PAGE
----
How can the University benefit from the intellectual property it nurtures and creates without inhibiting its development? Historically, all scholarly work is considered the property of the faculty, while since (1980) the University claims to own all patented processes, with vain hopes of licensing them to industry.
What is the status of Software created and tested on university computers? Is it different from words created on University word processors? And what of code written by poorly paid graduate students towards their Ph.D. What about websites built under independent studies by undergraduates in consultation with faculty?
Administrators, who think since the Patent office allowed the patenting of software, the university should own all software created by its faculty and students, forget that software can be printed out and stapled between covers. A strong legal case can be made that programs are just scholarly works, like books, to which faculty have traditional full property rights. However, it is also clear that software encodes processes, which like patents, can lead to significant wealth! But in this modern age, a lay science book with a marketing website by a well-known scientist can fetch $1M, and novels written by faculty can be turned into DVD movies with similar large payoffs.
Simply because software can be patented doesnt mean it is a university owned patent. Since the State Street Bank decision, raw business ideas can also be patented Nowadays, ideas which might have been business books can also be patented; We fall down a slippery slope to where the university believes its own all ideas of its faculty and students, as it it were a major corporation.
But the issue of wealth generated by intellectual property is one which needs discussion. Many faculty use their spare time to play the Textbook game, hoping to have a big hit in the next round of curriculum change. Artists of certain types, for example, sculptors, electronic musicians, and supercomputer visual artists, can use massive amounts of university infrastructure to generate personal wealth. Now as books evolve into electronic books, multimedia courseware, and CD-ROMs, and as patentable machines and chemical processes evolve into pure software and logic, what is the universitys response? Claim all Copyrightable Material? Leave books but take books-on-disk? Leave textbooks, but take courseware?
For some faculty, the university provides nothing but a meager salary in exchange for teaching, and the idea that the university has equity in their ideas is odd. For other scholarly projects, the university provides the faculty salary, the space, resources, equipment, library, graduate student research assistantships, paper, and most importantly, the entire milieu around which new and powerful ideas are incubated, and it seems clear the university should share in the equity of the million dollar book and software spinoff companies created by its faculty and students.
Academicians who think that their history and poetry texts and performances are somehow different from the computer scientists software are not looking at the future, when all content will be distributed electronically, on magnetic and optical media, and via the wireless internet. The historic right of faculty to their own copyrights is at issue in law. The work-for-hire doctrine has been expanding in its reach. Just like the courts overturned mandatory retirement despite its impact on the Tenure system, and awarded newspapers electronic rights to freelancers works, the courts could decide that a university owns copyrights to its scholars works despite low salaries.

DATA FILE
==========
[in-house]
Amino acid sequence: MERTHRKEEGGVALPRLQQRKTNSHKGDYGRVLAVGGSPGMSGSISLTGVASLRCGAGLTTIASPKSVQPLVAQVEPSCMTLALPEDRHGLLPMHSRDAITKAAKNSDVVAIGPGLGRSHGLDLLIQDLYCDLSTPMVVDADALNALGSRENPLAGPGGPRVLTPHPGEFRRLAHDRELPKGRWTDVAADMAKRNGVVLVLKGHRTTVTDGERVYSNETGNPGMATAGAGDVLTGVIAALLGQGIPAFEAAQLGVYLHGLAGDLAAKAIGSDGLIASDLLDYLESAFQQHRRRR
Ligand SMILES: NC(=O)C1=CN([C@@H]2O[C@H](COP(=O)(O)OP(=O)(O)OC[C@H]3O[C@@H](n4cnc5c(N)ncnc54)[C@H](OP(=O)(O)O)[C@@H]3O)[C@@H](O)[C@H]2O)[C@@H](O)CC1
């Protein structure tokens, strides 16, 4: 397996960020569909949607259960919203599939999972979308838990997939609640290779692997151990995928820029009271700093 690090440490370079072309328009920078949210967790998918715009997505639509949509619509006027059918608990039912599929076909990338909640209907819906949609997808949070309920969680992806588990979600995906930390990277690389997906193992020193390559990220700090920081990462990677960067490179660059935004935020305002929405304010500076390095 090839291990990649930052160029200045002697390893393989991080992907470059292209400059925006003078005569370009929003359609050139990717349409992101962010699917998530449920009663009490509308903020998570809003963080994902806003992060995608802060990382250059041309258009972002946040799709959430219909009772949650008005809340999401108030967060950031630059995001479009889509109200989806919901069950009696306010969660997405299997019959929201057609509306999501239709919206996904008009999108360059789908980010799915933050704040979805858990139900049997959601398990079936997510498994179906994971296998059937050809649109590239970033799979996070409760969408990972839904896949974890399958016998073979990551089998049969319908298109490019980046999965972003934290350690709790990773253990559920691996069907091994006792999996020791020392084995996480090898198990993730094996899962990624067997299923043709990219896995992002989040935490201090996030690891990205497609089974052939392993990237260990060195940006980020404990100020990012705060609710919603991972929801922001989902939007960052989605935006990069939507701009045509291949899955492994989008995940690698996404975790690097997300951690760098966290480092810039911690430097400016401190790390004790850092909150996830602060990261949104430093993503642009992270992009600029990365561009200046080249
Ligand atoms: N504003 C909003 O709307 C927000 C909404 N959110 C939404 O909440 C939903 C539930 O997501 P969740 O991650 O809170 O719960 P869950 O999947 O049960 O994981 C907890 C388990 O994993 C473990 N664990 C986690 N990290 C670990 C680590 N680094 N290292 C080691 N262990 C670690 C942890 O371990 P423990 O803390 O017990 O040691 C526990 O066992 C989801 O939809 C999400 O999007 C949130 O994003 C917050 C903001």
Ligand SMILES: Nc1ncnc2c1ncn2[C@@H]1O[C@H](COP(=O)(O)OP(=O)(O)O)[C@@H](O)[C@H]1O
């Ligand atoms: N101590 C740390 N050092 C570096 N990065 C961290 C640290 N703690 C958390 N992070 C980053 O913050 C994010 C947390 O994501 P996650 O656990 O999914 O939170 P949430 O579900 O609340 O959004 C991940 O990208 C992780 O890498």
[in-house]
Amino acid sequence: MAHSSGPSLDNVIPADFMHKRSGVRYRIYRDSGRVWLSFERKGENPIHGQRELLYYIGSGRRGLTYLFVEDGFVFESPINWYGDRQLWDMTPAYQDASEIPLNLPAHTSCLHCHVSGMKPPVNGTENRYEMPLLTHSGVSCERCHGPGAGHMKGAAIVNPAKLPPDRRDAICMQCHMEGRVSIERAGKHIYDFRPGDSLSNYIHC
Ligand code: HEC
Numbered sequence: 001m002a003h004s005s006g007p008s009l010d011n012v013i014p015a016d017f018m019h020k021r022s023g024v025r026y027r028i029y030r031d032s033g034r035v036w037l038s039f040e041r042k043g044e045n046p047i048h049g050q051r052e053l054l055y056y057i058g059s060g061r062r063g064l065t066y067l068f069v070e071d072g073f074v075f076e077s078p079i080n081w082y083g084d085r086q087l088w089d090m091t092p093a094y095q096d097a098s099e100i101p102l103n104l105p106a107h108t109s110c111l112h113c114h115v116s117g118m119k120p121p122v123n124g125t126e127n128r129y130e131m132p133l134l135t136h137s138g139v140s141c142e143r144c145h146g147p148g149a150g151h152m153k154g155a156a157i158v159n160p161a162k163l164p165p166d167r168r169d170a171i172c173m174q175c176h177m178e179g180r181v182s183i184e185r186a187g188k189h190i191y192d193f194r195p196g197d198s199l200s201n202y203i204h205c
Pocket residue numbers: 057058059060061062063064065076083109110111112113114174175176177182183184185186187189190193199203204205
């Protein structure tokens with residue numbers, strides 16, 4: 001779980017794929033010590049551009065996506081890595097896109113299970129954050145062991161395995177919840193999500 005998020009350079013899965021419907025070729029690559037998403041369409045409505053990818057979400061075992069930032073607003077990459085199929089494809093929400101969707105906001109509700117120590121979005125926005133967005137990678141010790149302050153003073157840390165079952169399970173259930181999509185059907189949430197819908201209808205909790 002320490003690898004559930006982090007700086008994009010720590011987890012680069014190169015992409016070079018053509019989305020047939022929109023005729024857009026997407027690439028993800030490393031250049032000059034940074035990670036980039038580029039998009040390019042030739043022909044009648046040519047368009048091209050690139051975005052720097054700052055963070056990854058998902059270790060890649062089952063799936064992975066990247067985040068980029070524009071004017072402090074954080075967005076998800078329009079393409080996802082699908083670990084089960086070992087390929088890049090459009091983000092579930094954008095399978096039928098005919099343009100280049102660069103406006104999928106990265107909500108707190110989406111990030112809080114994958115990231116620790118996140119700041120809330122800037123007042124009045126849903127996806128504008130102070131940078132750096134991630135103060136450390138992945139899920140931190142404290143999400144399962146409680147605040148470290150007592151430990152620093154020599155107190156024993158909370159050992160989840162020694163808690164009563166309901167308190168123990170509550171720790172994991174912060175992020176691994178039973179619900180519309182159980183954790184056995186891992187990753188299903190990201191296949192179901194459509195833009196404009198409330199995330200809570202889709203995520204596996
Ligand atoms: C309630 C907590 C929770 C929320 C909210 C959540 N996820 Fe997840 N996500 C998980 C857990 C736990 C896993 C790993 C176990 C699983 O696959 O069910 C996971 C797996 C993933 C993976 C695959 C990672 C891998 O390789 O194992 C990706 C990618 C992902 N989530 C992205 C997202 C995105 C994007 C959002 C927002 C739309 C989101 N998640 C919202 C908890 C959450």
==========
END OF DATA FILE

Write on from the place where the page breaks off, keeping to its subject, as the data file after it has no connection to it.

Universities claim ownership of patentable inventions funded by federal grants, under Dole Bayh, and, except in very rare pharmaceutical circumstances, this has been an abject failure. When it works, at MIT or Stanford, it is rife with sweetheart deals for big name faculty, and generates a bureaucracy which polices the entrepreneurial activities of former students.
These patent policies, which applied to tangible inventions which presumably used significant physical laboratory resources, are now being expanded to try to capture software, courseware, distance-learning videotapes, and other intangible intellectual properties, whether funded by federal grants or not.
While the argument goes that the university has made the investment in the research and should own it, we all know that the majority of federal sponsored research money is not gotten "by" the university, it is brought in by the individual researcher or group, and the university already takes 1/3 or more in cash up front, which it doesnt use to improve scientific facilities. The traditional patent policy offers between 25 and 50% of royalties less expenses to the inventor, and divides its own share among levels of the university bureaucracy, including the home department. Scientists may see this as an advantage over the 0% they would receive under work-for-hire arrangements with commercial employers, but there are significant differences between a for-profit and a non-profit. I reject the idea that because a federal grant supported my research, that means that they paid for specific "work for hire" for me to develop deliverable software via stipends worth 20% of real world wages to graduate students. Inventions derived from Federal contracts to private companies paying scale, for whom Dole Bayh was drafted, are different from creative works sponsored by basic research grants to institutions.
Universities rarely make more than a superficial $25k investment in patenting, which means that they are declaring the pre-money value of the invention to be $50k. The university does not have the means of marketing the invention, and may simply pass it for review in front of a "Technology Transfer organization," which cherry-picks the sure winners. As a partner, the university is not "smart money" and seeking to own 100% of nothing is not good business. Yet every university is "swinging for the trees" by grabbing all patent rights, hoping for one patent worth $1b. Instead of encouraging innovation, these antiquated patent policies are driving it underground, off campus, and into the public domain.
A rumor circulated last year that my own University was going to claim title to all Copyrights to professors work and software. As the lines blur between inventions, software, and copyrights, the faculty will not accept an eminent domain "taking" of their intellectual property, but the English and History professors might, a la Pastor Niemoller, give up computer scientists. The best will simply leave to other universities who do not make such a claim, and others in software will leave to find partners who invest based on expected return rather than administrative budget.